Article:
MBTA ridership lowers pre-tax public transit wages
BOSTON – With ridership on the MBTA declining and highway congestion returning, Rep. Steven Owens has tabled legislation that his supporters say would put more people on public transit and allow commuters to travel. ‘to save money.
Owens, D-Watertown, introduced a bill requiring Massachusetts employers with 20 or more employees to provide a benefit to non-union workers that would allow them to use pre-tax wages to pay for transit costs.
The bill, supporters say, would actually save employers because they wouldn’t have to pay payroll taxes on pre-tax income, and employees could reduce their own tax burden. Employees would be allowed to use up to $ 270 for fares, pooling vans, bicycles or other forms of transportation, supporters said.
Pete Wilson, a longtime legislative employee who now advises Transportation for Massachusetts, said he took advantage as a state employee of the program, which is recognized by the Internal Revenue Service.
“Employers have to do their fair share,” Wilson said. “The great thing about these is that if your employee doesn’t take advantage of these benefits, the employer has nothing to do.”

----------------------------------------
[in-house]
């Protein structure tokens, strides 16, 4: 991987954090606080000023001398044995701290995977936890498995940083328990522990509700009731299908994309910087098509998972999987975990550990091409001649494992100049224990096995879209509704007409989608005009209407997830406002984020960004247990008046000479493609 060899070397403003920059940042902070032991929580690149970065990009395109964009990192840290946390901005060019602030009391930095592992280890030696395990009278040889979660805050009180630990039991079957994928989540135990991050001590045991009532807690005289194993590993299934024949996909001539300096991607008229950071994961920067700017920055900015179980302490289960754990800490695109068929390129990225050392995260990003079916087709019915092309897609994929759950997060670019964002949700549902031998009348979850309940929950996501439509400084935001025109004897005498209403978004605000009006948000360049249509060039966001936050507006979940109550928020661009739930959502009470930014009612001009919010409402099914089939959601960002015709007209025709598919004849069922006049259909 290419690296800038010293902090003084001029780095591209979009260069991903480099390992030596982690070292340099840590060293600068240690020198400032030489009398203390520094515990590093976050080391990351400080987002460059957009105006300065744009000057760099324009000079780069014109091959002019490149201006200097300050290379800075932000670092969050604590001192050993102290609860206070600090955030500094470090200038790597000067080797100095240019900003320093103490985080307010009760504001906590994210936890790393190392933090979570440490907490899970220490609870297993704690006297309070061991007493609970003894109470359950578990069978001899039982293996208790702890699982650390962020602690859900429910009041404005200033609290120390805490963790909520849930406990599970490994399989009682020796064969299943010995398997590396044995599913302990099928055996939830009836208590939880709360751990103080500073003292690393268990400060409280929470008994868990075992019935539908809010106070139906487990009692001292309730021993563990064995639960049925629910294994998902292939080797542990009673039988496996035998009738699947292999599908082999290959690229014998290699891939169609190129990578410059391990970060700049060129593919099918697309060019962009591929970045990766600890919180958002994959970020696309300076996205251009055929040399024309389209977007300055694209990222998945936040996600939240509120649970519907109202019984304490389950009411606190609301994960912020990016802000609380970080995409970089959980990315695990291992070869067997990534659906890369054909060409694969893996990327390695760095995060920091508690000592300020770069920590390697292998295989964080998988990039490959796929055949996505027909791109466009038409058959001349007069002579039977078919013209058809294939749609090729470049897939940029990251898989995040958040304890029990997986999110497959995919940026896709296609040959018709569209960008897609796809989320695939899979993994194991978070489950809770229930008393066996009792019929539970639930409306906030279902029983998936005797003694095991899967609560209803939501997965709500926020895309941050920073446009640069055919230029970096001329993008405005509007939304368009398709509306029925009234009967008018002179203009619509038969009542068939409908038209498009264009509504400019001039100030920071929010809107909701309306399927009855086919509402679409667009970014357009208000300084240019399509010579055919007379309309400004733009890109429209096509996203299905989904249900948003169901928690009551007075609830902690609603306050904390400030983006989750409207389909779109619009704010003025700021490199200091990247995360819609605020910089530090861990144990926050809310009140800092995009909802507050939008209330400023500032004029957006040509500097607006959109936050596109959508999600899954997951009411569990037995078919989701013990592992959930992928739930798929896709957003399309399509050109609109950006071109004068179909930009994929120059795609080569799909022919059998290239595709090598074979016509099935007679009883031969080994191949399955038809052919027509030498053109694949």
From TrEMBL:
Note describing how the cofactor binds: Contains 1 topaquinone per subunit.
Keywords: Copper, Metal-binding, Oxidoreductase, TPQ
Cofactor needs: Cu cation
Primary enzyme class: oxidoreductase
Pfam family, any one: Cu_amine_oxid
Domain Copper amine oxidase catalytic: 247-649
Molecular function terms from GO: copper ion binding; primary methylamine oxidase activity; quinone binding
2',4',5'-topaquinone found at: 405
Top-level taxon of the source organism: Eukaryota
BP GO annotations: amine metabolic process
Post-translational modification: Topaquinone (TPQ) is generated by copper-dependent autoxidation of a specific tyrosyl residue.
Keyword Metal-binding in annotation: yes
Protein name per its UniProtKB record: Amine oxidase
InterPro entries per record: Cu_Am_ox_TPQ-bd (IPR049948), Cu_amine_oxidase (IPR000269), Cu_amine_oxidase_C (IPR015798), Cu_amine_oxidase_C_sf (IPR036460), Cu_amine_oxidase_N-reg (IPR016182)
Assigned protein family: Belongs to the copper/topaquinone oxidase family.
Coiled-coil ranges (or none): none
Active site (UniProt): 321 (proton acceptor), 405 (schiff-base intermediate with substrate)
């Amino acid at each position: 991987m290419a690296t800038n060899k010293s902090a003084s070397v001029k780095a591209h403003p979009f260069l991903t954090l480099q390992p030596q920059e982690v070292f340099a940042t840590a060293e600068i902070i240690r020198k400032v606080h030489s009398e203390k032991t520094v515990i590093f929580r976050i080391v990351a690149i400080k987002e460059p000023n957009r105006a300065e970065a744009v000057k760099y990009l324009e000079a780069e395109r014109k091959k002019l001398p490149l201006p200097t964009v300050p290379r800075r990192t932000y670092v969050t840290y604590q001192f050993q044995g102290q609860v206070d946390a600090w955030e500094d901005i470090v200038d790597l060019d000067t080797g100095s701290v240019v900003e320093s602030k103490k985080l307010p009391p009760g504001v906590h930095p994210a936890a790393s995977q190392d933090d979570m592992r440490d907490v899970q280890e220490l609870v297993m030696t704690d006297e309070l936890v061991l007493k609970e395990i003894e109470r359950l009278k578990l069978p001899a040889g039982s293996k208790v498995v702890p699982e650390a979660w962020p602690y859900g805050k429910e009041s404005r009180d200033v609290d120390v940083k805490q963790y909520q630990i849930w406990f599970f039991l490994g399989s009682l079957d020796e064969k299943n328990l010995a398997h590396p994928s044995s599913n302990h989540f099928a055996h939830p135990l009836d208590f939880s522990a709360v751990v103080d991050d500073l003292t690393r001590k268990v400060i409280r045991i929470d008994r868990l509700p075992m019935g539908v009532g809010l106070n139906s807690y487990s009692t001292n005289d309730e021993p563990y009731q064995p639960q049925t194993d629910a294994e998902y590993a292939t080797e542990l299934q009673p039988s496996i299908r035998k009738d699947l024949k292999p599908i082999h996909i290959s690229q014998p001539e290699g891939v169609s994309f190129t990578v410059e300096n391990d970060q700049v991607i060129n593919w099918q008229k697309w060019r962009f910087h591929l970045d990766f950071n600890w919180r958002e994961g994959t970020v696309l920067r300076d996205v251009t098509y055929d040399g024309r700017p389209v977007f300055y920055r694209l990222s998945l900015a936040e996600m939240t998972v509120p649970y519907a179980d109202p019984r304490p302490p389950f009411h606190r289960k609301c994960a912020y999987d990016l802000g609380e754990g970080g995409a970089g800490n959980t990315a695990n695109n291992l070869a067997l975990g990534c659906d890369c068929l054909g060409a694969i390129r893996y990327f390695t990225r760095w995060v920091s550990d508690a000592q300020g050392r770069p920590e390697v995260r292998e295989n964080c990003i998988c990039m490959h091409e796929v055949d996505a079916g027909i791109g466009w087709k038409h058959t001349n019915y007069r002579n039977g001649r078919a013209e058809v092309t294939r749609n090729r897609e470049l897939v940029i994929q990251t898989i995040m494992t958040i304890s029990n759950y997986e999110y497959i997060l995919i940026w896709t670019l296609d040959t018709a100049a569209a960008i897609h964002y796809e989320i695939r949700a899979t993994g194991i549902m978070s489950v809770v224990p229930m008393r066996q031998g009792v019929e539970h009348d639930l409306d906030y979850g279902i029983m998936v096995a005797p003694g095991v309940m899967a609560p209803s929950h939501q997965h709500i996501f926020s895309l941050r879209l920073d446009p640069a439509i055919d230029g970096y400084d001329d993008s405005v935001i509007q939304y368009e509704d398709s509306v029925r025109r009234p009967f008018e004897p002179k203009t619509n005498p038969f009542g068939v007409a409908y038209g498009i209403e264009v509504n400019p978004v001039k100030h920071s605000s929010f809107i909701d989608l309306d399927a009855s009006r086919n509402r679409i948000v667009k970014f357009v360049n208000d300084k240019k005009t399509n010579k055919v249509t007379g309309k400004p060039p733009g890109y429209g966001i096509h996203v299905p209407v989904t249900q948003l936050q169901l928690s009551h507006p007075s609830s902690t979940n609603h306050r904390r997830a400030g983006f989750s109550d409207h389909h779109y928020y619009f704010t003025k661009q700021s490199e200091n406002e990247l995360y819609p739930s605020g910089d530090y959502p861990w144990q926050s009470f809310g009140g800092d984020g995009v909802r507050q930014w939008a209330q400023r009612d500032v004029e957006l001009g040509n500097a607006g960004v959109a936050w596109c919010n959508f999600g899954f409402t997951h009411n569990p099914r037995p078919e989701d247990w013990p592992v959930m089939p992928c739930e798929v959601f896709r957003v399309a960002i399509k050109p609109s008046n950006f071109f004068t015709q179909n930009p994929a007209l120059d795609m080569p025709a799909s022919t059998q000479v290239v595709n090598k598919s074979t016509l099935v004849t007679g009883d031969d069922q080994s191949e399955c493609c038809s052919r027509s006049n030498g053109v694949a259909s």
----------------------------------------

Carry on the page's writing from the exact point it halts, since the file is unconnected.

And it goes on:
Many employers, including the federal government, already offer the benefit to workers, and Wilson said cities like Seattle and New York and states like New Jersey have passed laws or are considering policies requiring the benefit be offered to workers.
Brian Kane, executive director of the MBTA advisory board, said the board voted in March to support the legislation and saw it as an important tool to help the MBTA get passengers back into the system and generate fare revenue that will be necessary to avoid deficits in future years.
Joe Barr, director of parking and traffic transport at Cambridge, said his city had been successful with the program for its municipal workers, helping to get cars off the streets, and he urged adoption of a program statewide.